Arthritis Rheumatol. 2015 Jul;67(7):1891-903.
Epitope Specificity Determines Pathogenicity and Detectability of Anti-Platelet-Derived Growth Factor Receptor α Autoantibodies in Systemic Sclerosis.
- 1Università Politecnica delle Marche and Ospedali Riuniti Ancona, Ancona, Italy.
- 2Università di Torino, Turin, Italy.
- 3Università di Camerino, Camerino, Italy.
- 4Schepens Eye Research Institute and Harvard Medical School, Boston, Massachusetts.
- 5Università Federico II, Naples, Italy.
OBJECTIVE: To identify the epitopes recognized by autoantibodies targeting platelet-derived growth factor receptor α (PDGFRα) in systemic sclerosis (SSc) and develop novel assays for detection of serum anti-PDGFRα autoantibodies.
METHODS: Epstein-Barr virus-immortalized B cells from 1 patient with SSc (designated PAM) were screened for expression of IgG binding to PDGFRα and induction of reactive oxygen species in fibroblasts. The variable regions of anti-PDGFRα IgG were cloned into an IgG expression vector to generate distinct recombinant human monoclonal autoantibodies (mAb), which were characterized by binding and functional assays. The epitopes of anti-PDGFRα recombinant human mAb were defined by molecular docking, surface plasmon resonance binding assays, screening of a conformational peptide library spanning the PDGFRα extracellular domains, and expression analyses of alanine-scanned PDGFRα mutants. Direct or competitive enzyme-linked immunosorbent assays were established to detect all serum anti-PDGFRα autoantibodies or, selectively, the agonistic ones.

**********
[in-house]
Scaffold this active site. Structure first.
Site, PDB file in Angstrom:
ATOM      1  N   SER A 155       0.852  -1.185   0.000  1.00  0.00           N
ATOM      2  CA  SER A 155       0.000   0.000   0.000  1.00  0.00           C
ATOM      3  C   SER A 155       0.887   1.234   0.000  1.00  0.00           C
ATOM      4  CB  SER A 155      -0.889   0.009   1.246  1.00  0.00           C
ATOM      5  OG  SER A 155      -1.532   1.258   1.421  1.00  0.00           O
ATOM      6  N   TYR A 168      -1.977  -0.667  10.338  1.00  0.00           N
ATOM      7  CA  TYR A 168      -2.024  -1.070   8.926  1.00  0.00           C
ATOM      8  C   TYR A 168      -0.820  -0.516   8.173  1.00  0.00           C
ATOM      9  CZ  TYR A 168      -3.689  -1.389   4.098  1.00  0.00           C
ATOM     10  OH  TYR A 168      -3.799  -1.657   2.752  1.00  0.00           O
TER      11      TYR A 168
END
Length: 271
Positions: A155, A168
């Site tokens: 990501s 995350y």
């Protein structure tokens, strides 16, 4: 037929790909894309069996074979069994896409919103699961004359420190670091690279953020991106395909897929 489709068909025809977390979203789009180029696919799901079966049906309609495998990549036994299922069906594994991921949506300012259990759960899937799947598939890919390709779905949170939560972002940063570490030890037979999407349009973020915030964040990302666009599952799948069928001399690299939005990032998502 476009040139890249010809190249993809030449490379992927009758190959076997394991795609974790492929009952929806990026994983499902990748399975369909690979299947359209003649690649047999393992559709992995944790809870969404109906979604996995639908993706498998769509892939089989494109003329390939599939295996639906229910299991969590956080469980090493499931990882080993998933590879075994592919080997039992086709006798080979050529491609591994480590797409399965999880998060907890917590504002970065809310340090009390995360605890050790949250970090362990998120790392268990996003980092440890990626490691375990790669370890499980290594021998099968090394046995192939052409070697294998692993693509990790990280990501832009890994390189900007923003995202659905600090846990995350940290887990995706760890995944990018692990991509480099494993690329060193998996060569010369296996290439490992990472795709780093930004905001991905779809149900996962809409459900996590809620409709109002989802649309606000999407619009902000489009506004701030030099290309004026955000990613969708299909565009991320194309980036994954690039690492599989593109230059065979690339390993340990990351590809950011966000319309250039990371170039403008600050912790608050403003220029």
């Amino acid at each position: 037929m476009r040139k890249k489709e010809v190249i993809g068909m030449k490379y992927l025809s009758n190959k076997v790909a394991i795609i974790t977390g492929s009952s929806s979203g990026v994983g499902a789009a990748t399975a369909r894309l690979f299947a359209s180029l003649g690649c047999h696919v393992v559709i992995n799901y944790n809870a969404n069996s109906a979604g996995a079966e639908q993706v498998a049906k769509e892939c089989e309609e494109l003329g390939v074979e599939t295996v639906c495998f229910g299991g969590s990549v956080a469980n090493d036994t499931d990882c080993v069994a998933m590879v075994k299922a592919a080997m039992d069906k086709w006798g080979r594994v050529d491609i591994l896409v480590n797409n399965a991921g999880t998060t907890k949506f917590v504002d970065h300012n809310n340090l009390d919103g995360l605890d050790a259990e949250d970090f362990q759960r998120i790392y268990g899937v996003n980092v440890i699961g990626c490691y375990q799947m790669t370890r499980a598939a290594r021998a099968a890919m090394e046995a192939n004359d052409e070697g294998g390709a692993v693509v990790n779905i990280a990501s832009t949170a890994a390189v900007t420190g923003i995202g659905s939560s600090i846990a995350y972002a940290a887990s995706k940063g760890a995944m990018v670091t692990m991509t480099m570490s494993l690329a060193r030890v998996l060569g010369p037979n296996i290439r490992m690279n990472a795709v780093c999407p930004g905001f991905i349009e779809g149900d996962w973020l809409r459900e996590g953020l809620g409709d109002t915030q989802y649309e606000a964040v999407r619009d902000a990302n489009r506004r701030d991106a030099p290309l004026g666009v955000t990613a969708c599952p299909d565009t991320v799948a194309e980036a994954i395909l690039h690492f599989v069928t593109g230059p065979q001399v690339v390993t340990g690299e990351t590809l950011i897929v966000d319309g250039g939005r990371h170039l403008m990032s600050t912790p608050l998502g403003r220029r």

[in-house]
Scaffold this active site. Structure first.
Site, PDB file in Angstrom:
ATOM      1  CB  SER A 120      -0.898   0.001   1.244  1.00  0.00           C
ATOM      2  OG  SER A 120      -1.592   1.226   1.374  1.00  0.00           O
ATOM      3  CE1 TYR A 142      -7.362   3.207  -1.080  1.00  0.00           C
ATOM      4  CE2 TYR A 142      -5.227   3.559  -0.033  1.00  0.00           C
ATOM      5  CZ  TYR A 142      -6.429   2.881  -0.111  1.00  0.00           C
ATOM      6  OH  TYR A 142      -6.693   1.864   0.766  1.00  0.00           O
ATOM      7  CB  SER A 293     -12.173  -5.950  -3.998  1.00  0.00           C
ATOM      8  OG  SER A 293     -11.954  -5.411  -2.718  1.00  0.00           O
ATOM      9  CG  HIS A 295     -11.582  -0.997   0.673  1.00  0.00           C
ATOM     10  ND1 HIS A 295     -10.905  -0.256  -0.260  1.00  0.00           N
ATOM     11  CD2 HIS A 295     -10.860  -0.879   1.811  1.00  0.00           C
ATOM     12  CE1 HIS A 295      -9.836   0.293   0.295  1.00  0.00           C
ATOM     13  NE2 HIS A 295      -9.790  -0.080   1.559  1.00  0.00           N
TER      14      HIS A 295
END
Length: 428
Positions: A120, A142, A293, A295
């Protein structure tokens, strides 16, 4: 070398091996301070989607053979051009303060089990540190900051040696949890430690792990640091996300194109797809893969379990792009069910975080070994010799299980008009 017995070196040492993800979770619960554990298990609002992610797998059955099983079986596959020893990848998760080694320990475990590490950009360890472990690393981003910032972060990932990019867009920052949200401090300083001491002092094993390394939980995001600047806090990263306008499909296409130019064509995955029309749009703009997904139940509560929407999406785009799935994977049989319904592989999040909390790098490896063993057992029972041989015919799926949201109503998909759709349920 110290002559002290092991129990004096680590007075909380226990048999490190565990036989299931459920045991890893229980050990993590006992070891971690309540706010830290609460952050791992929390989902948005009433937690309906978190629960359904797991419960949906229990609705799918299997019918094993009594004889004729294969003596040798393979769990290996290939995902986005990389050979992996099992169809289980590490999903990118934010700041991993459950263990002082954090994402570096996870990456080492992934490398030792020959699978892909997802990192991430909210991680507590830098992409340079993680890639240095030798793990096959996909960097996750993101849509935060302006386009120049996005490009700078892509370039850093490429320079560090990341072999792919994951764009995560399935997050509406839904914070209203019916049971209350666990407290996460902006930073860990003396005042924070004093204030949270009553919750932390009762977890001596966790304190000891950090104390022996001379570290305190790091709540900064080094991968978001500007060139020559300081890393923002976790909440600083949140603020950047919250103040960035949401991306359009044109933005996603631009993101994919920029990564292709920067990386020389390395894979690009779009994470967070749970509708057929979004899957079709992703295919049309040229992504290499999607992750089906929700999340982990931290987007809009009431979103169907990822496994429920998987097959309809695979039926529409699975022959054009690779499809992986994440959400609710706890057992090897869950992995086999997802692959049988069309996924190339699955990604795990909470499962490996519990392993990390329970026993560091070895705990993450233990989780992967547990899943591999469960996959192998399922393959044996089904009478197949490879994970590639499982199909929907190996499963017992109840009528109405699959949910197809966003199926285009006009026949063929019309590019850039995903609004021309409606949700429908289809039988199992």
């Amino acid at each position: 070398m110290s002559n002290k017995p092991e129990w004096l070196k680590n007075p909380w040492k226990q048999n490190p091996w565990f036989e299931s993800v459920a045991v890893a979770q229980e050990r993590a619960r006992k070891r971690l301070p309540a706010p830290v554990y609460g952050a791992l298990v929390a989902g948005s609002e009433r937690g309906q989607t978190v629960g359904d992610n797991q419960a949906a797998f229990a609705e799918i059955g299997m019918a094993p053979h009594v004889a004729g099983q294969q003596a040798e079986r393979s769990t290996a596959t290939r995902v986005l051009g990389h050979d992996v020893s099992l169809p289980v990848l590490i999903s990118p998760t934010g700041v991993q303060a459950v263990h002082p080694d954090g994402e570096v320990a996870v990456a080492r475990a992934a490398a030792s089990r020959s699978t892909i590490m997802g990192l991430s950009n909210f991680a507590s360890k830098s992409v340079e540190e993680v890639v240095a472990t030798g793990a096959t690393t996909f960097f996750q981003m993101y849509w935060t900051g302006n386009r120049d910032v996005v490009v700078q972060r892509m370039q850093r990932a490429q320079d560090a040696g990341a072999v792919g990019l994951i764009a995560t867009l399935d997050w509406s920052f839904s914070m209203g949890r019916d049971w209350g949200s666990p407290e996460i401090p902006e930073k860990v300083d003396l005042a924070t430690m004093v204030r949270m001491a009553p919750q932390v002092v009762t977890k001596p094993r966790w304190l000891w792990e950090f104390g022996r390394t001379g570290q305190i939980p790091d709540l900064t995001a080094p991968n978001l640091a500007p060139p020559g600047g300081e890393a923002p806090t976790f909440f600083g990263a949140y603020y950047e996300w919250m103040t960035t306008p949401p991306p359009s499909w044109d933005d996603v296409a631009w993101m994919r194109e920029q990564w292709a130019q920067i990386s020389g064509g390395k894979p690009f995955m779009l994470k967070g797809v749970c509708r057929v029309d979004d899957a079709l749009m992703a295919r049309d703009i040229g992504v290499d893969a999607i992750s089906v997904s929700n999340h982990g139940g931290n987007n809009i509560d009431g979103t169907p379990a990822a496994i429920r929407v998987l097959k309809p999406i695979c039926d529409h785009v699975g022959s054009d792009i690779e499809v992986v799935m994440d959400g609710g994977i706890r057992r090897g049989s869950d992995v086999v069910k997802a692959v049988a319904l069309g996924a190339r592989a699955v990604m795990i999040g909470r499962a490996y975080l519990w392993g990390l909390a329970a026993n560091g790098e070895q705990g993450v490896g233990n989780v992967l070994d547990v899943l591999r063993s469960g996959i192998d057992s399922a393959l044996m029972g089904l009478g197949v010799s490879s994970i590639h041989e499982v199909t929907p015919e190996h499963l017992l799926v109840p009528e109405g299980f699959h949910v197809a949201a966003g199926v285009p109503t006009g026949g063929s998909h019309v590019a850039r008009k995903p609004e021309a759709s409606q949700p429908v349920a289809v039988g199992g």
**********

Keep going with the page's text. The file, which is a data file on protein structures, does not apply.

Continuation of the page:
RESULTS: Three types of anti-PDGFRα recombinant human mAb, with the same VH but distinct VL chains, were generated. Nonagonistic VH PAM-Vκ 13B8 recognized 1 linear epitope, whereas agonistic VH PAM-Vλ 16F4 and VH PAM-Vκ 16F4 recognized 2 distinct conformational epitopes. Serum anti-PDGFRα antibodies were detected in 66 of 70 patients with SSc, 63 of 130 healthy controls, 11 of 26 patients with primary Raynaud’s phenomenon (RP), and 13 of 29 patients with systemic lupus erythematosus (SLE). Serum VH PAM-Vκ 16F4-like antibodies were found in 24 of 34 patients with SSc, but not in healthy controls, patients with primary RP, or patients with SLE. Peptides composing the VH PAM-Vκ 16F4 epitope inhibited PDGFRα signaling triggered by serum IgG from SSc patients.
CONCLUSION: Agonistic anti-PDGFRα autoantibodies are enriched in SSc sera and recognize specific conformational epitopes that can be used to discriminate agonistic from nonagonistic antibodies and block PDGFRα signaling in patients with SSc.
Platelet Derived Growth Factor (PDGF) Receptor a (PDGFRa) is a receptor ubiquitously expressed in human cells. Besides transmitting physiological cellular signals by the PDGF both during embryonic development and in adult life, PDGFRa has been implicated in a variety of diseases, including cancer, atherosclerosis and fibrosis. Among the mechanisms by which PDGFRa can transmit pathologic signals to certain cell types, it has been suggested that this receptor may become the target of autoantibodies able of abnormally activating it (1). This pathogenic mechanism has been hypothesized to be operating in systemic sclerosis, or scleroderma (SSc), a disease where the fibroblasts, the cells responsible for collagen deposition in tissues, get excessively activated and produce abnormal amount of collagen leading to fibrosis of different organs such as skin, lungs, gastrointestinal trait and heart.